As fall descends on Tennessee, the Rocky Top State blazes in magnificent oranges, reds, and yellows from the Great Smoky Mountains in the East to the Mississippi River Valley in the West. If you’re looking for the best places to see fall colors in Tennessee, we have you covered. We’ve teamed up with some of our favorite bloggers to tell you where to find fall foliage. Read on for tips to make your Tennessee in Fall trip interesting, unique, and distinctly different.
Tennessee Fall Foliage Map
Below is our fall foliage map for all of the locations mentioned in this article. If it doesn’t load right away, simply refresh your browser 😉
Set Sail on a Fall Foliage Sightseeing Cruise in Chattanooga
Chattanooga is one of our favorite destination for leaf-peeping tours in Tennessee because it has a little of everything. Lookout Mountain features ziplining through the trees at Ruby Falls, and the famous Seven State Overlook at Rock City (don’t forget Rocktober Fest). Gazing out over Garrity’s Battery at Point Park or from your seat on the Incline Railroad, you’ll see the colors of the Chattanooga Valley spread out beneath you. It’s a sight to behold when Mother Nature paints her masterpiece in leaves.
If anything, the views get better in downtown along the Tennessee River. From vantage points on the Walnut Street Bridge, one of the world’s largest pedestrian bridges, you’ll see the trees along the 13-mile river trail putting on a show. It’s also home to the unofficial kickoff for Tennessee fall foliage season, the Wine over Water Festival. For the last 25 years on the first weekend of October, you can sample over 100 varieties of wine as you stroll along the bridge. Don’t forget to stop by Clumpies, Chattanooga’s award-winning creamery, for sweet treats including fall flavors like pumpkin caramel cake.
Just sit right back, and you’ll hear a tale, a tale of a foliage trip aboard the Southern Belle on a three-hour tour. (sorry, couldn’t resist) You’ll travel up the Tennessee River Gorge, known Grand Canyon of the Tennessee River on a live-narrated tour. On the subject of gorgeous gorges, the thousand-foot deep Sitton Gulch at nearby Cloudland Canyon Park offers spectacular views from the rim and easy hikes down to a series of towering waterfalls. If you are going to Cloudland Canyon on the first or last weekend of the month, consider adding a trip to hike the Lula Lake trails. This little nature preserve has a gorgeous aqua blue lake and towering waterfall that, because of the limited permits, visitors rarely get to see.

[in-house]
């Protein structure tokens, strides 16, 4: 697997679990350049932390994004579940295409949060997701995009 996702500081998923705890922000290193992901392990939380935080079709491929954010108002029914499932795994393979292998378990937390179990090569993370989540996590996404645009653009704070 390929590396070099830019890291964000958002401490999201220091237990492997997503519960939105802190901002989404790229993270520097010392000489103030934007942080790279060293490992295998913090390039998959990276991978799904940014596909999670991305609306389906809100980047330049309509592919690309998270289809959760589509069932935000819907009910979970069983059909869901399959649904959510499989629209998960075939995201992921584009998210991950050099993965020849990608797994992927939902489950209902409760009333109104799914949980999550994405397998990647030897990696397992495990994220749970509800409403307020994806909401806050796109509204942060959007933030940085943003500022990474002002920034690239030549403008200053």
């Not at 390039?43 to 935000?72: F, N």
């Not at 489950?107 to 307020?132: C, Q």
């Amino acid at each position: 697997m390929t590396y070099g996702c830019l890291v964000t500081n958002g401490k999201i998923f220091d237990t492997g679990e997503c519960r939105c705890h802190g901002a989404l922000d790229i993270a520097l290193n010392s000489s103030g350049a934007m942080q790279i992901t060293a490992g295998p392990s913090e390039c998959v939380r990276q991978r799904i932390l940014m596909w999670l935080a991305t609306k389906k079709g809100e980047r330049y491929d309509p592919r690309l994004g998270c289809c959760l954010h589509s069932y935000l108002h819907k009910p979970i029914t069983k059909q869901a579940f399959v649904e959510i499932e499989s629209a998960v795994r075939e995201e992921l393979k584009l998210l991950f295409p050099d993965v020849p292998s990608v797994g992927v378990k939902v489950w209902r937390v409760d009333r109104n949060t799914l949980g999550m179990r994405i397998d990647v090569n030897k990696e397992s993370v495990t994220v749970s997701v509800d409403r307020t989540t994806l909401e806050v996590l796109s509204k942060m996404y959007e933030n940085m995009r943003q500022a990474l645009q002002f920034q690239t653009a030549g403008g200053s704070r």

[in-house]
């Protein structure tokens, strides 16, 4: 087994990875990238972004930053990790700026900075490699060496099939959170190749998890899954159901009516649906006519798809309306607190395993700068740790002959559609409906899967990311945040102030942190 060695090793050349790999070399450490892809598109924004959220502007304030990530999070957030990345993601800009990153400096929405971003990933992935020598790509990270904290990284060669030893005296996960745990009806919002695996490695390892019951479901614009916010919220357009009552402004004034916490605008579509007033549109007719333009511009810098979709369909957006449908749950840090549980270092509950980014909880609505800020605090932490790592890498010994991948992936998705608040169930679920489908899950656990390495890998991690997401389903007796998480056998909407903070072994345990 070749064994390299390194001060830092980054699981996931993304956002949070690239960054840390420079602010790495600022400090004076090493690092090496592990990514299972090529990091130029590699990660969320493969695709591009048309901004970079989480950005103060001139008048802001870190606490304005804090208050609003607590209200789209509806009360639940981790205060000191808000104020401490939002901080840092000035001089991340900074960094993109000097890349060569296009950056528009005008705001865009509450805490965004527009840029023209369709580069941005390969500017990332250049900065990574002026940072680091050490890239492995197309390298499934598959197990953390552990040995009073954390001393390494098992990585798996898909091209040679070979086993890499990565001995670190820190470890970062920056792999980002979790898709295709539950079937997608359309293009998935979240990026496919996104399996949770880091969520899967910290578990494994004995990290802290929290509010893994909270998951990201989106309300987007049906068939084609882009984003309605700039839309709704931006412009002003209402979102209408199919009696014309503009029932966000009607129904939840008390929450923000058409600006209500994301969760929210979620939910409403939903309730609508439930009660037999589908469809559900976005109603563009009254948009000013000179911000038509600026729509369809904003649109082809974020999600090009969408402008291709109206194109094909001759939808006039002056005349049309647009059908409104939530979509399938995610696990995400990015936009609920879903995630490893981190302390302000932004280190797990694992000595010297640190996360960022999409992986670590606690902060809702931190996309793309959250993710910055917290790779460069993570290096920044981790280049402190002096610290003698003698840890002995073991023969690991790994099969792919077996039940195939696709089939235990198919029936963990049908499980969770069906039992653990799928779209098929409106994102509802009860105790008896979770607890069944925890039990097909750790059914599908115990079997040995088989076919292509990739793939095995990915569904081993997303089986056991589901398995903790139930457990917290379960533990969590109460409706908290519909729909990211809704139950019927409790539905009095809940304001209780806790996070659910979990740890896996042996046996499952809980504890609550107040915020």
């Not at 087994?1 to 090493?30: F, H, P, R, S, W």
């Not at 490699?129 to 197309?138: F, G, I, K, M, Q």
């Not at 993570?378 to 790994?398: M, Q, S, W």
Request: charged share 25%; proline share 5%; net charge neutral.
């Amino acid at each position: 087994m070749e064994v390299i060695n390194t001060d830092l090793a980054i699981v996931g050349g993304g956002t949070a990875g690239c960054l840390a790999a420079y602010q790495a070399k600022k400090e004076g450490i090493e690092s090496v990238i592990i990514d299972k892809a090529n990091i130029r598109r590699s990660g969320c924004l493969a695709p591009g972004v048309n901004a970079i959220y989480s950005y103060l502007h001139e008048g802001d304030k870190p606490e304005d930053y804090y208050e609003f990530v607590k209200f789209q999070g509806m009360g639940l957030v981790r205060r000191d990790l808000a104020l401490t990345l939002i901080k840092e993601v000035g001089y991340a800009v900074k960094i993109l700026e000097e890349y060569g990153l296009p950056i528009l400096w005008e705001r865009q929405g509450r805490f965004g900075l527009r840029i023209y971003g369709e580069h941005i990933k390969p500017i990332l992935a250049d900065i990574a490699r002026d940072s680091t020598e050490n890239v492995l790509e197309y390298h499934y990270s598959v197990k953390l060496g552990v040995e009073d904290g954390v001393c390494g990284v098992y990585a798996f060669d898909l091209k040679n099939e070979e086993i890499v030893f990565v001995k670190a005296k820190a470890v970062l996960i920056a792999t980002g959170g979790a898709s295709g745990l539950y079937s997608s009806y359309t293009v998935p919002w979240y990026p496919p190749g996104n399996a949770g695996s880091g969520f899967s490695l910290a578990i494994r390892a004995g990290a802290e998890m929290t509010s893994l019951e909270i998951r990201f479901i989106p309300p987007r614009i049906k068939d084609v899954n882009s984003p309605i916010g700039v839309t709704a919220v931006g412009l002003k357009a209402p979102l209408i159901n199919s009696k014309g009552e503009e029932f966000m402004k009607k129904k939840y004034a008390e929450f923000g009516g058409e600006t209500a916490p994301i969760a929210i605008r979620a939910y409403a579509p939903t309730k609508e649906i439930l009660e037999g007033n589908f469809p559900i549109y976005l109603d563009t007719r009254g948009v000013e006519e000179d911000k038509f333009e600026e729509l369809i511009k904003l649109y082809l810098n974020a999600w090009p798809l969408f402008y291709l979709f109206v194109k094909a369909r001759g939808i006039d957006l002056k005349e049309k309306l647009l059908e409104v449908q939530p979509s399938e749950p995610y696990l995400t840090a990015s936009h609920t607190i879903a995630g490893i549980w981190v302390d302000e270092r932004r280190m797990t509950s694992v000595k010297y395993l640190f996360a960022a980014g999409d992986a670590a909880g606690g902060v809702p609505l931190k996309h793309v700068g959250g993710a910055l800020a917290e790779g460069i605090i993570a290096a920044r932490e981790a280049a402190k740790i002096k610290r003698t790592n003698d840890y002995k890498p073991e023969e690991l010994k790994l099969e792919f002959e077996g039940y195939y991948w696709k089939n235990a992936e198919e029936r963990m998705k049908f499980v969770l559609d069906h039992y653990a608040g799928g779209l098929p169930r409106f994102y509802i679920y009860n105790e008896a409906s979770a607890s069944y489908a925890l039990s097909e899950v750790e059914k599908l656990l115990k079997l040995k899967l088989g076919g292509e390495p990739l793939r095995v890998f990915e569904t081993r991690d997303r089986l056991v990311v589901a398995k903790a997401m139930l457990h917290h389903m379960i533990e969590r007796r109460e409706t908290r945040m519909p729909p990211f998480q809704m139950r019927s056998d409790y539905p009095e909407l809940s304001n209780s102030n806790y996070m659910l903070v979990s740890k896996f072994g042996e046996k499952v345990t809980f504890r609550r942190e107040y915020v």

Fall Colors from a Horse Drawn Carriage in Lynchburg Tennessee
Fun fact about Lynchburg Tennessee, Jack Daniel’s produces every one of their 150-million bottles at the distillery in Lynchburg. However, you can’t buy a drink in town because it’s in a dry county (Moore County). You can (and should) take a Jack Daniel’s tour to see where (and how) the magic happens. There are tasting tours and specialty bottles for sale in the gift shop. Even if you’re not a whiskey fan, you’ll enjoy the experience.
You’ve heard the saying spring forward / fall back. If you keep falling back and back and back, you’ll reach Lynchburg – which I like to call the town that time forgot. It’s built around the Moore County Courthouse with plenty of gift shops, front porch rockers, and even horse-drawn carriage rides.
Do yourself a favor when you visit Lynchburg and forget about time for a little while. Take the twisty backroads through outstanding fall colors, talk to a local, and take a tour. You’ll learn something you never knew you didn’t know.
Fall Leaves from a Kayak at Radnor Lake in Nashville
The Radnor Lake in Nashville, Cades Cove, and Gatlinburg entries for fall leaves come from Ashley Hubbard, a Tennessee native who runs Wild Hearted and Oddities and Curiosities and provided the feature image for this post. Take it away Ashley…
Everyone thinks of country music when they think of Nashville (and perhaps Jack Daniels, too) and for good reason, but Nashville should definitely be in the running when searching out fall foliage in Tennessee. Radnor Lake State Park should be considered specifically.